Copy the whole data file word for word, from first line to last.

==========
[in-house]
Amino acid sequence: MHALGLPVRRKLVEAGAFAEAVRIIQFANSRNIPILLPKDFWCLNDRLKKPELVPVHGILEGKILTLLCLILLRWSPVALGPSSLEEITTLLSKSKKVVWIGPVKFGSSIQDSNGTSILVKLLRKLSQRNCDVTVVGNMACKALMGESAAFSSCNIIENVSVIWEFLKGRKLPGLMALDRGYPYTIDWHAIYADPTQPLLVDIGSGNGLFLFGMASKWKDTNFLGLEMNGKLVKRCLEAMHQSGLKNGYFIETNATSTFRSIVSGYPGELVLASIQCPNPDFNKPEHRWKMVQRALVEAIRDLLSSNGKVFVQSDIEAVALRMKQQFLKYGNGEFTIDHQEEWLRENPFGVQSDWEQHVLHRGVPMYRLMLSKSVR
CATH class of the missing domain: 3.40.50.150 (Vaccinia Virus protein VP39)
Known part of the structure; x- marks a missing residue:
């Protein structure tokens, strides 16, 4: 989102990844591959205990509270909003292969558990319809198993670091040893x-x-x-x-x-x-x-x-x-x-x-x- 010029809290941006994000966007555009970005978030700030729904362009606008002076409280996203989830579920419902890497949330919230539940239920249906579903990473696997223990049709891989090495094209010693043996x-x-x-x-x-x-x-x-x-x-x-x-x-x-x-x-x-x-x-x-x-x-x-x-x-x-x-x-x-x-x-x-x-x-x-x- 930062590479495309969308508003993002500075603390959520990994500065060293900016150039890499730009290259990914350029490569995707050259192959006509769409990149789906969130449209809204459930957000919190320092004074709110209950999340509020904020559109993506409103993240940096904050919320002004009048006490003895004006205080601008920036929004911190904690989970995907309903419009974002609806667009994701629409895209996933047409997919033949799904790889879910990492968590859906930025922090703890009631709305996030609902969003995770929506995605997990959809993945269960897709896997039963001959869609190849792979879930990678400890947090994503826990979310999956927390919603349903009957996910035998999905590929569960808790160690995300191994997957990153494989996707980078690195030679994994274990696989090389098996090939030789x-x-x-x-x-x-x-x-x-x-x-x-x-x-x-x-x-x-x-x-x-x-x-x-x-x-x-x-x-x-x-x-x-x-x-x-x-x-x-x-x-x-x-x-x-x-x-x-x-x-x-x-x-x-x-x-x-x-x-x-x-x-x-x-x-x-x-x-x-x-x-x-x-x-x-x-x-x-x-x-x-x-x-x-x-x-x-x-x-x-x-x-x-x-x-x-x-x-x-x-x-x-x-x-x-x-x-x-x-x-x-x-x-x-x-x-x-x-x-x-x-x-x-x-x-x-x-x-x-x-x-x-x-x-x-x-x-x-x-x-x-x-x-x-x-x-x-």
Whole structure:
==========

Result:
[in-house]
Amino acid sequence: MHALGLPVRRKLVEAGAFAEAVRIIQFANSRNIPILLPKDFWCLNDRLKKPELVPVHGILEGKILTLLCLILLRWSPVALGPSSLEEITTLLSKSKKVVWIGPVKFGSSIQDSNGTSILVKLLRKLSQRNCDVTVVGNMACKALMGESAAFSSCNIIENVSVIWEFLKGRKLPGLMALDRGYPYTIDWHAIYADPTQPLLVDIGSGNGLFLFGMASKWKDTNFLGLEMNGKLVKRCLEAMHQSGLKNGYFIETNATSTFRSIVSGYPGELVLASIQCPNPDFNKPEHRWKMVQRALVEAIRDLLSSNGKVFVQSDIEAVALRMKQQFLKYGNGEFTIDHQEEWLRENPFGVQSDWEQHVLHRGVPMYRLMLSKSVR
CATH class of the missing domain: 3.40.50.150 (Vaccinia Virus protein VP39)
Known part of the structure; x- marks a missing residue:
């Protein structure tokens, strides 16, 4: 989102990844591959205990509270909003292969558990319809198993670091040893x-x-x-x-x-x-x-x-x-x-x-x- 010029809290941006994000966007555009970005978030700030729904362009606008002076409280996203989830579920419902890497949330919230539940239920249906579903990473696997223990049709891989090495094209010693043996x-x-x-x-x-x-x-x-x-x-x-x-x-x-x-x-x-x-x-x-x-x-x-x-x-x-x-x-x-x-x-x-x-x-x-x- 930062590479495309969308508003993002500075603390959520990994500065060293900016150039890499730009290259990914350029490569995707050259192959006509769409990149789906969130449209809204459930957000919190320092004074709110209950999340509020904020559109993506409103993240940096904050919320002004009048006490003895004006205080601008920036929004911190904690989970995907309903419009974002609806667009994701629409895209996933047409997919033949799904790889879910990492968590859906930025922090703890009631709305996030609902969003995770929506995605997990959809993945269960897709896997039963001959869609190849792979879930990678400890947090994503826990979310999956927390919603349903009957996910035998999905590929569960808790160690995300191994997957990153494989996707980078690195030679994994274990696989090389098996090939030789x-x-x-x-x-x-x-x-x-x-x-x-x-x-x-x-x-x-x-x-x-x-x-x-x-x-x-x-x-x-x-x-x-x-x-x-x-x-x-x-x-x-x-x-x-x-x-x-x-x-x-x-x-x-x-x-x-x-x-x-x-x-x-x-x-x-x-x-x-x-x-x-x-x-x-x-x-x-x-x-x-x-x-x-x-x-x-x-x-x-x-x-x-x-x-x-x-x-x-x-x-x-x-x-x-x-x-x-x-x-x-x-x-x-x-x-x-x-x-x-x-x-x-x-x-x-x-x-x-x-x-x-x-x-x-x-x-x-x-x-x-x-x-x-x-x-x-």
Whole structure: